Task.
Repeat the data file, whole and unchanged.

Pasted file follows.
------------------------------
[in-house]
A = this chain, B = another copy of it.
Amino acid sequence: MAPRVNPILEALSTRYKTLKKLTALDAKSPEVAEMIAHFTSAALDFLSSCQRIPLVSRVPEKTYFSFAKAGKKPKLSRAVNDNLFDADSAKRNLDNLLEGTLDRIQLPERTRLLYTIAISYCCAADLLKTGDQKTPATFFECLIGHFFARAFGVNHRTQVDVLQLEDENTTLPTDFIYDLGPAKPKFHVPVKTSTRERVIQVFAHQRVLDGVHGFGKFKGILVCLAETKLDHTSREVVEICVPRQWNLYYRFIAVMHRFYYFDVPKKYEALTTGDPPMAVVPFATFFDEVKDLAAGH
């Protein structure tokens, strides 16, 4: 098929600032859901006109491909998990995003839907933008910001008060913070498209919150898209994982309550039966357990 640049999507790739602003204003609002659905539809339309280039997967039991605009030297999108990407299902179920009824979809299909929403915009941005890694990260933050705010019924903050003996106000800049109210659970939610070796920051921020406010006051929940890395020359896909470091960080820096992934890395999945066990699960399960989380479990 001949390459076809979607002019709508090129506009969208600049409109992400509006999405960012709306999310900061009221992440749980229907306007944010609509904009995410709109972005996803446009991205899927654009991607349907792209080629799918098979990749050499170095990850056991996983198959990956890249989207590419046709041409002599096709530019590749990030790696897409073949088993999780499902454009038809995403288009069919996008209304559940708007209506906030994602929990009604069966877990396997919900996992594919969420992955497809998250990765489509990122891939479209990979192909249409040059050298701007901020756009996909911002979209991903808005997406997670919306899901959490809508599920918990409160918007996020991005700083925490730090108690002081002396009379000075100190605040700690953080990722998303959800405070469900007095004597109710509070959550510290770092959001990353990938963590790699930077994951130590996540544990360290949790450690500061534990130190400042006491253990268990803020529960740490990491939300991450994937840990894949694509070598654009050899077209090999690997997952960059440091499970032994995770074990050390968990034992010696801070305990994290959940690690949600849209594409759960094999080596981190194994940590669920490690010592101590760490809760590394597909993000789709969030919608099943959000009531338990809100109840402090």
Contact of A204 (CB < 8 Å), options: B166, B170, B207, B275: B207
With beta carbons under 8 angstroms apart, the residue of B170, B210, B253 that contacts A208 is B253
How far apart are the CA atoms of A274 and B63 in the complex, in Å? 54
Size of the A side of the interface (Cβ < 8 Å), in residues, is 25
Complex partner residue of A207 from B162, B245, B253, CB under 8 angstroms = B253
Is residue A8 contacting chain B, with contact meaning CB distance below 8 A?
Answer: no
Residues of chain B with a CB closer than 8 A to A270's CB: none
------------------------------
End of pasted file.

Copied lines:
[in-house]
A = this chain, B = another copy of it.
Amino acid sequence: MAPRVNPILEALSTRYKTLKKLTALDAKSPEVAEMIAHFTSAALDFLSSCQRIPLVSRVPEKTYFSFAKAGKKPKLSRAVNDNLFDADSAKRNLDNLLEGTLDRIQLPERTRLLYTIAISYCCAADLLKTGDQKTPATFFECLIGHFFARAFGVNHRTQVDVLQLEDENTTLPTDFIYDLGPAKPKFHVPVKTSTRERVIQVFAHQRVLDGVHGFGKFKGILVCLAETKLDHTSREVVEICVPRQWNLYYRFIAVMHRFYYFDVPKKYEALTTGDPPMAVVPFATFFDEVKDLAAGH
């Protein structure tokens, strides 16, 4: 098929600032859901006109491909998990995003839907933008910001008060913070498209919150898209994982309550039966357990 640049999507790739602003204003609002659905539809339309280039997967039991605009030297999108990407299902179920009824979809299909929403915009941005890694990260933050705010019924903050003996106000800049109210659970939610070796920051921020406010006051929940890395020359896909470091960080820096992934890395999945066990699960399960989380479990 001949390459076809979607002019709508090129506009969208600049409109992400509006999405960012709306999310900061009221992440749980229907306007944010609509904009995410709109972005996803446009991205899927654009991607349907792209080629799918098979990749050499170095990850056991996983198959990956890249989207590419046709041409002599096709530019590749990030790696897409073949088993999780499902454009038809995403288009069919996008209304559940708007209506906030994602929990009604069966877990396997919900996992594919969420992955497809998250990765489509990122891939479209990979192909249409040059050298701007901020756009996909911002979209991903808005997406997670919306899901959490809508599920918990409160918007996020991005700083925490730090108690002081002396009379000075100190605040700690953080990722998303959800405070469900007095004597109710509070959550510290770092959001990353990938963590790699930077994951130590996540544990360290949790450690500061534990130190400042006491253990268990803020529960740490990491939300991450994937840990894949694509070598654009050899077209090999690997997952960059440091499970032994995770074990050390968990034992010696801070305990994290959940690690949600849209594409759960094999080596981190194994940590669920490690010592101590760490809760590394597909993000789709969030919608099943959000009531338990809100109840402090």
Contact of A204 (CB < 8 Å), options: B166, B170, B207, B275: B207
With beta carbons under 8 angstroms apart, the residue of B170, B210, B253 that contacts A208 is B253
How far apart are the CA atoms of A274 and B63 in the complex, in Å? 54
Size of the A side of the interface (Cβ < 8 Å), in residues, is 25
Complex partner residue of A207 from B162, B245, B253, CB under 8 angstroms = B253
Is residue A8 contacting chain B, with contact meaning CB distance below 8 A?
Answer: no
Residues of chain B with a CB closer than 8 A to A270's CB: none